Results: File Copy Performance With Robocopy
Microsoft's Robocopy, a directory replication command, gradually replaced the older xcopy. It's multi-threaded, has a ton of options, and generally outperforms Windows' vanilla copy operations. Best of all, it's built right in to Redmond's OS. Especially useful for network copy operations and backups, Robocopy doesn't stop to ask you one hundred questions while it copies over your music collection, either.
The reality of benchmarking file copy performance is that you need something fast to move data from and fast hardware to move it to. This is most important with SSDs. It doesn't matter if your drive can write sequentially at 500 MB/s if the source files are hosted on a USB 2.0-attached external hard drive. We're copying our test files from an Intel SSD DC S3700 to the drives in the chart below, taking source speed out of the equation (mostly). Moving to faster storage would increase the faster test disk's ultimate file copy performance. But what's the point? Most users copying data won't have the benefit of a RAID array of PCIe-based SSD, so relying on just one drive as a source gives us a solid average.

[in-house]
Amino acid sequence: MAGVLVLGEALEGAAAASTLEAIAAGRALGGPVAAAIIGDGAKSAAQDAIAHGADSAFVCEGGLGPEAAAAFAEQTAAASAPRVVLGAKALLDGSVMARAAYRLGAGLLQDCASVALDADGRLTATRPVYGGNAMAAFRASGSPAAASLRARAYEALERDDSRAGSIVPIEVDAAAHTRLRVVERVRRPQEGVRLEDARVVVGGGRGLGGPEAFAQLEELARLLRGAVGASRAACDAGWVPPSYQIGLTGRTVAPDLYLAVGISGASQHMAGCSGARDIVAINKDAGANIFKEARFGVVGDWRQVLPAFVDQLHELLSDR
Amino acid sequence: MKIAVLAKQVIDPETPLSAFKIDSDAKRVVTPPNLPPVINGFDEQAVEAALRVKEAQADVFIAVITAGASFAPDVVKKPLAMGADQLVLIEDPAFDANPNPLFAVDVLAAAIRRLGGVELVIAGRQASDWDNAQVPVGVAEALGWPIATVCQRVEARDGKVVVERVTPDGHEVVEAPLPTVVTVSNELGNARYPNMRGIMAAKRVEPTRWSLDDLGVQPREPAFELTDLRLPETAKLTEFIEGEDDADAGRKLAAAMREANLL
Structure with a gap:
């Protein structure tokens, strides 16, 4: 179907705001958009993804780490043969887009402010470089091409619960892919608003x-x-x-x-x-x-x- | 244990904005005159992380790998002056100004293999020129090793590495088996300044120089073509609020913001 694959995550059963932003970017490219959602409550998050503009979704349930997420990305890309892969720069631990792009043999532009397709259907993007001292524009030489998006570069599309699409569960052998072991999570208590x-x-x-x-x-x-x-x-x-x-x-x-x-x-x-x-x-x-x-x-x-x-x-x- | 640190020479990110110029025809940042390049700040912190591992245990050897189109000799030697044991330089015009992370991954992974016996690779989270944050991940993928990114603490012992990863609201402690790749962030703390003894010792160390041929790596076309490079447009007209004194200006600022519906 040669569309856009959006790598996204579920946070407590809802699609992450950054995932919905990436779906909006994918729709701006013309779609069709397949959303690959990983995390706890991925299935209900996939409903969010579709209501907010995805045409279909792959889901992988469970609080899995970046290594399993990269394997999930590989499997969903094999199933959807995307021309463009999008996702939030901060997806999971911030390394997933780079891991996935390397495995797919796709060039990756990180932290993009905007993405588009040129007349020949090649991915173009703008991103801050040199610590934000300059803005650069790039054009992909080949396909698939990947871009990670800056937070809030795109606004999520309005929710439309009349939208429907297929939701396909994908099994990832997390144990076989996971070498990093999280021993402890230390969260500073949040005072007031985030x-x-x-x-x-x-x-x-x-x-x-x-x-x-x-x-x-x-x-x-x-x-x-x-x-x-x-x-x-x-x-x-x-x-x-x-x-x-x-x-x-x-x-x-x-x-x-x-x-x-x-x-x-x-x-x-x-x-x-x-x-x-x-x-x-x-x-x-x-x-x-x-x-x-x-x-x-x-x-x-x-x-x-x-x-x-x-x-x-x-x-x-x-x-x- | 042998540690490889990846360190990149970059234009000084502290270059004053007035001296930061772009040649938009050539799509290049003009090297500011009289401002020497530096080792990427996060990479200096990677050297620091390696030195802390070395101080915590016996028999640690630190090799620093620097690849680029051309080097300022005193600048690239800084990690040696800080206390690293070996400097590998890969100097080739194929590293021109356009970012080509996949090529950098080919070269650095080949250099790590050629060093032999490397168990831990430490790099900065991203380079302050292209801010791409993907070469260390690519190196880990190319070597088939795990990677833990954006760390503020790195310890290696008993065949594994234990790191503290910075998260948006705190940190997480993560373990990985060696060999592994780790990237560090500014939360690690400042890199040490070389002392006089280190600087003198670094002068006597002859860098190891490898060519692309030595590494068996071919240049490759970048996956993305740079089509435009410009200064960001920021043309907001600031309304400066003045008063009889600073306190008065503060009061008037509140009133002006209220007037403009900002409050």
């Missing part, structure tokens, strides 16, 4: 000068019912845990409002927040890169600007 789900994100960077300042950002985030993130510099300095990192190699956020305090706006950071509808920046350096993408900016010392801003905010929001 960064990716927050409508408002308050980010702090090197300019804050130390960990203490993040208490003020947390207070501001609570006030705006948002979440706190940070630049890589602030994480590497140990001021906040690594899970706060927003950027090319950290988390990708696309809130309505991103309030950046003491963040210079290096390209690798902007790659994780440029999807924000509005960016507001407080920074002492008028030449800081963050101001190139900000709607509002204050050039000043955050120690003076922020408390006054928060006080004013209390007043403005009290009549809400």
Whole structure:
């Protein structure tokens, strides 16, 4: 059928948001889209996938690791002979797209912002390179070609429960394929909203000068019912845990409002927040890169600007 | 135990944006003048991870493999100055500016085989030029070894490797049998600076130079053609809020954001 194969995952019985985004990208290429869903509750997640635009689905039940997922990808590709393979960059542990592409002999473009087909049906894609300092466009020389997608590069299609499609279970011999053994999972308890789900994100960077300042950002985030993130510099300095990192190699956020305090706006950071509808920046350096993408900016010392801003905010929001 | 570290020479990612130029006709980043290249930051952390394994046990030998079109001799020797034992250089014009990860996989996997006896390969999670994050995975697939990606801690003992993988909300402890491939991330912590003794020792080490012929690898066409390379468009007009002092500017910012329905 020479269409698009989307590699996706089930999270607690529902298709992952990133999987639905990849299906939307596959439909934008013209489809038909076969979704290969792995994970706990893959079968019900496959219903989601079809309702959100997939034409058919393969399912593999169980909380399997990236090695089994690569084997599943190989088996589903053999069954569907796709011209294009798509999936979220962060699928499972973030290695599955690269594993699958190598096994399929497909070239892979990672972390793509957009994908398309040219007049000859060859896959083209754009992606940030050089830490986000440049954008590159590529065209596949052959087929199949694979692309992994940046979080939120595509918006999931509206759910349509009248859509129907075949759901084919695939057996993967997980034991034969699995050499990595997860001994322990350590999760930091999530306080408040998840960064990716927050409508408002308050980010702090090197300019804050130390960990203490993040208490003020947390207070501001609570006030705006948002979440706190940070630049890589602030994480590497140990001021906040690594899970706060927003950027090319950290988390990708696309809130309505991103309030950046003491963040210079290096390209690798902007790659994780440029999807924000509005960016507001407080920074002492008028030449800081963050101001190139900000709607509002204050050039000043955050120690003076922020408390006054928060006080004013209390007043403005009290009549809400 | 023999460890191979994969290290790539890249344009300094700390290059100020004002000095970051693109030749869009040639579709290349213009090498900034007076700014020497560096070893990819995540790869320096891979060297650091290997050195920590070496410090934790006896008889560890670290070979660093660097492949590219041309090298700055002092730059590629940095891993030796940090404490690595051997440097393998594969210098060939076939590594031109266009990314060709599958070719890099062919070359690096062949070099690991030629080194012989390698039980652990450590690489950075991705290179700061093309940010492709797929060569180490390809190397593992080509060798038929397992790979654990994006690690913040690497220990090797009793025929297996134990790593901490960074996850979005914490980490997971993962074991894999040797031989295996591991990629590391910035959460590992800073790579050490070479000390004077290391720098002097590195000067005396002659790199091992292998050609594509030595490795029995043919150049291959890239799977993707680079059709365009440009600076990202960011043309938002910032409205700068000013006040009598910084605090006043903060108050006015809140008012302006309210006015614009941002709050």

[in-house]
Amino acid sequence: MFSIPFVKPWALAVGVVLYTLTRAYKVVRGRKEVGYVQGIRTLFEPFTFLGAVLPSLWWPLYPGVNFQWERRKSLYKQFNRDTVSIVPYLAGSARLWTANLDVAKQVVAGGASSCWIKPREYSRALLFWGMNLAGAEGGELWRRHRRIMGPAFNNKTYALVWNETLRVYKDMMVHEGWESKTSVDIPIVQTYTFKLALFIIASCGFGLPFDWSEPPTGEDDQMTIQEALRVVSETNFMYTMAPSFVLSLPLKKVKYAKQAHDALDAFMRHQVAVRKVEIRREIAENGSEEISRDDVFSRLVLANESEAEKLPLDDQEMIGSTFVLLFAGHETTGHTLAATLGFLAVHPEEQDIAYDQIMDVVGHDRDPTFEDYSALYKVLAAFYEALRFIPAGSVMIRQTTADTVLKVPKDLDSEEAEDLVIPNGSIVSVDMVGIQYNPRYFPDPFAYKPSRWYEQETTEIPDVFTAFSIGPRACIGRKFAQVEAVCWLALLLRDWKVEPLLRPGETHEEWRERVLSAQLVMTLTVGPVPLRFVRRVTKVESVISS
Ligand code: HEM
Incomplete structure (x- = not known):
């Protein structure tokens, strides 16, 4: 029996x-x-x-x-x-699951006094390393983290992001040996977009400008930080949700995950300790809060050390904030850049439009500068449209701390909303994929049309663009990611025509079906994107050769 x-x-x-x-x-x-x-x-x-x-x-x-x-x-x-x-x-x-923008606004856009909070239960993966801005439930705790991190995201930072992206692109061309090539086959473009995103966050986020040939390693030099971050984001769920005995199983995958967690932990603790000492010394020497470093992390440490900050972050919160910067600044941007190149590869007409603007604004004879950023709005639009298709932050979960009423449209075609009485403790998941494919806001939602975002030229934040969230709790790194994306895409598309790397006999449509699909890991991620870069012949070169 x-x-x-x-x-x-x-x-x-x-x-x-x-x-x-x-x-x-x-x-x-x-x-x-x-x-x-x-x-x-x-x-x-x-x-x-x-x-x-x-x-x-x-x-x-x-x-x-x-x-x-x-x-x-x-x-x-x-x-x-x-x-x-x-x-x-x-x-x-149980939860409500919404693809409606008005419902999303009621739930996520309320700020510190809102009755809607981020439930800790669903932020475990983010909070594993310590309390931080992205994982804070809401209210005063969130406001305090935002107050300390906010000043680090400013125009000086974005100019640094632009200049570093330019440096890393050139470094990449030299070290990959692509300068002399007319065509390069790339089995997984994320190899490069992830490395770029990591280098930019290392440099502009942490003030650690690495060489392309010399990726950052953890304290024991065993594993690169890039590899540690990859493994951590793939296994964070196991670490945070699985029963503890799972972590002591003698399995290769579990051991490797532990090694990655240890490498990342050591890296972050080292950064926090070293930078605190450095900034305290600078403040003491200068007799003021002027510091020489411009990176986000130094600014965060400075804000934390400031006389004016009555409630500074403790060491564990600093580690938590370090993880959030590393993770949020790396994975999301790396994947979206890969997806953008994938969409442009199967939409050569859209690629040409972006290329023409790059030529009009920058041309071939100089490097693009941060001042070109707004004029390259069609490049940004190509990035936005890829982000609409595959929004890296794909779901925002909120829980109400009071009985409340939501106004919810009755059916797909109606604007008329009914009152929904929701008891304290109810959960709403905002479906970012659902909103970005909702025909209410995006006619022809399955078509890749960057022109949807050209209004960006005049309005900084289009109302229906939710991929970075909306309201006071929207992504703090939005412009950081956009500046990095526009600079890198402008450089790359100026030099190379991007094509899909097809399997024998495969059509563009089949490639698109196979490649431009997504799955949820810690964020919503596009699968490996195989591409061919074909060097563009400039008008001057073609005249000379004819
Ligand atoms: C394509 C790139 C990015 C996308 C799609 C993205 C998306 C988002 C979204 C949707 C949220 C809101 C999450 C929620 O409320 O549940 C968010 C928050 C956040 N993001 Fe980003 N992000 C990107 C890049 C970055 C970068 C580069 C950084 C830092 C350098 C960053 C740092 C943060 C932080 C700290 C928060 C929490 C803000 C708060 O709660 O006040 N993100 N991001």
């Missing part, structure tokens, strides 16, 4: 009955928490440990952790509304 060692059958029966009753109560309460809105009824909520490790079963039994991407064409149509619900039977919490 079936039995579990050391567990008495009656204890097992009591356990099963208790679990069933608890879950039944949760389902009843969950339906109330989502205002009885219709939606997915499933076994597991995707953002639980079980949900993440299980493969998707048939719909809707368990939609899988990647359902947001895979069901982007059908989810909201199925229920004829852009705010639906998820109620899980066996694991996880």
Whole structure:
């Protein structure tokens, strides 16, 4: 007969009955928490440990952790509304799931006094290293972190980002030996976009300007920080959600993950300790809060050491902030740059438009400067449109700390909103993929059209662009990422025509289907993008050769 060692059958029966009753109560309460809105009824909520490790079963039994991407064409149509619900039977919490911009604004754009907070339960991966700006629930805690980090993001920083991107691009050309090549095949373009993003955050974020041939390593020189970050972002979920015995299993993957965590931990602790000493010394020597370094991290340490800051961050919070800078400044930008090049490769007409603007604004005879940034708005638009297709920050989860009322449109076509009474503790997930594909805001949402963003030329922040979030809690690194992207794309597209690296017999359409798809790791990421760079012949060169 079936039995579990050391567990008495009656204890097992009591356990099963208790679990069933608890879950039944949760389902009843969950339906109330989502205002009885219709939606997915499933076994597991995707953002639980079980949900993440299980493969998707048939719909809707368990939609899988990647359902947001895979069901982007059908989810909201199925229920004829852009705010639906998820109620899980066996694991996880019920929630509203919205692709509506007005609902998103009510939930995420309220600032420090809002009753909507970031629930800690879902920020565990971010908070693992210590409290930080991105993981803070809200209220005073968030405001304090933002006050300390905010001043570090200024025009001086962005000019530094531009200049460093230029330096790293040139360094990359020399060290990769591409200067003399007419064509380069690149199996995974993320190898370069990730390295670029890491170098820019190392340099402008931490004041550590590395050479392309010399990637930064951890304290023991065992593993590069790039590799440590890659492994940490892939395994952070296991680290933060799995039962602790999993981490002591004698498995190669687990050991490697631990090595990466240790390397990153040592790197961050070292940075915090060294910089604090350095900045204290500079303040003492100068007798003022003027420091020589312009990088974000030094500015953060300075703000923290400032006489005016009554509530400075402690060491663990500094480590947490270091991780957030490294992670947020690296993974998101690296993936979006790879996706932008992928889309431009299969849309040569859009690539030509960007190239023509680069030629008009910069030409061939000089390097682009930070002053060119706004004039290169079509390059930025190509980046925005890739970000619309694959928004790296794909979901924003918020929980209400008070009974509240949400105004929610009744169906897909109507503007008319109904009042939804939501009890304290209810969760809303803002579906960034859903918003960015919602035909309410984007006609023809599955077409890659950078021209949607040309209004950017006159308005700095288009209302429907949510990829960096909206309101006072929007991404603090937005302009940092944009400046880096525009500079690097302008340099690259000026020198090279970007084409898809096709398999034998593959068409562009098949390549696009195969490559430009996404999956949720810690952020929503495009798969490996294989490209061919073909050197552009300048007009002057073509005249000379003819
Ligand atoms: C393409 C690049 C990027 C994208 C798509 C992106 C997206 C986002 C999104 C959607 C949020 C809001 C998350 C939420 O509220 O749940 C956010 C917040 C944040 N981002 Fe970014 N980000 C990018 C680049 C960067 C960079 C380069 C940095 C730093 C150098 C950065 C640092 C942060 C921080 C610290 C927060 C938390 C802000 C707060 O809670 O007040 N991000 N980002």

There are 9065 files comprising the 16.2 GB payload. Some of them are huge (up to 2 GB), while others are best described as tiny. On average, that's around 1.8 MB per file. The files are a mix of music, program, pictures, and random file types.
It's fair to say that this chart would look much different if we were copying from a hard drive to a SSD. Even if the disk drive's sequential throughput wasn't a bottleneck, it'd still choke on the smaller files.
The near-identical 256 and 512 GB X210s pull up alongside one another, delivering 288 and 287 MB/s, respectively.